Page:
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US targeted Syria dam it claimed was on 'no strike' list: Report

Secretive American task force dropped 2,000 pound bomb on Syria's largest dam in 2017, despite Pentagon placing it on a 'no-strike' list, The New York Times reports
Tabqa Dam
The Tabqa Dam on the Euphrates river on 26 July 2021 (AFP)

A US military unit reportedly targeted a dam in Syria in 2017 that was controlled by the Islamic State group (IS), despite the structure being on a "no-strike list" given that flooding could put the lives of tens of thousands at risk, The New York Times has reported.

Two former US officials told the newspaper in a report published on Thursday that the secretive Task Force 9 unit carried out the attack on the Tabqa Dam on 6 March 2017, which ripped through five storeys of the 18-storey structure and caused a large fire that destroyed essential equipment. The three employees who rushed to the scene were killed in a subsequent strike by US-led coalition forces.

At the time, IS, Russia and Syria all blamed the US for the strike, but the commander of the US offensive in Syria, then Lieutenant-General Stephen J Townsend, emphatically denied the accusation, saying that "the Tabqa Dam is not a coalition target".

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The two former US officials who spoke to the Times said the strike was carried out using at least one BLU-109 bunker-buster bomb, which is designed to destroy such concrete structures.

An internal military report had warned that striking the dam would cause flooding that could impact the hundreds of thousands of civilians living in the valley below and place the lives of tens of thousands of civilians at risk, the Times reported.

"Using a 2,000-pound bomb against a restricted target like a dam is extremely difficult and should have never been done on the fly," Scott F Murray, a retired Air Force colonel who planned air strikes during campaigns in Iraq, Afghanistan and Kosovo, told the Times.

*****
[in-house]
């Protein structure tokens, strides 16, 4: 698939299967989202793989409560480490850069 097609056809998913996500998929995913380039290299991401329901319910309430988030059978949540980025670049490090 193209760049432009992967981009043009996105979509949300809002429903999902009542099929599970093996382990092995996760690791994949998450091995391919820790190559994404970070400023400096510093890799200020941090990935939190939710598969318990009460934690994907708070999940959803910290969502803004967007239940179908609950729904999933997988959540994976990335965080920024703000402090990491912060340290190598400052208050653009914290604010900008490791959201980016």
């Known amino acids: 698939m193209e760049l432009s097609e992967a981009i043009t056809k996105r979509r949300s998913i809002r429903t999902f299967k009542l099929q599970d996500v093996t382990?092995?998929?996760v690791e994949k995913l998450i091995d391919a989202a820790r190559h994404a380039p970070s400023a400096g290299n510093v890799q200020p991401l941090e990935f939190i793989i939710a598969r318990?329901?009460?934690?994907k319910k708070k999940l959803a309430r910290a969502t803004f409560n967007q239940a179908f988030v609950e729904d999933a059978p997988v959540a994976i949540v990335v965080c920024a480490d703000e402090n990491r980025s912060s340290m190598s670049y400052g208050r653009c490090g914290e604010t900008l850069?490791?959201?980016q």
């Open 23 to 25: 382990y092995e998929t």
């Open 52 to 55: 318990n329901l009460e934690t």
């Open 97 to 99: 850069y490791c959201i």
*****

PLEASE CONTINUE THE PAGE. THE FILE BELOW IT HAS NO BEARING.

"Worst case, those munitions could have absolutely caused the dam to fail."

Dam workers examining the scene found an unexploded BLU-109 that could have caused the dam to fail, experts said.

'Unimaginable destruction'

Responding to the NYT's reporting, US Central Command confirmed dropping three 2,000-pound bombs but denied targeting the dam or employing procedural shortcuts to do so.

"Analysis had confirmed that strikes on the towers attached to the dam were not considered likely to cause structural damage to the Tabqa Dam itself," Central Command spokesman Bill Urban told the Times in a statement. Noting that the dam did not collapse, he added: "That analysis has proved accurate."

But the former officials said that the strike caused significantly more damage than Central Command indicated.

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Engineers who worked at the dam said that a much greater disaster was avoided thanks to the quick work of dam employees at the scene, much of which was carried out under gunpoint.

"The destruction would have been unimaginable," a former director at the dam told the newspaper.

"The number of casualties would have exceeded the number of Syrians who have died throughout the war."

The New York Times' report comes a month after the paper revealed that the US military covered up a covert army cell that repeatedly killed Syrian civilians during the campaign against IS.

The unit, named Talon Anvil, struck convoys, command centres, and squads of enemy fighters when it operated between 2014 and 2019, the report said.

Current and former US military and intelligence officials told the newspaper that the covert US army cell repeatedly killed civilians as collateral damage in its operations in Syria.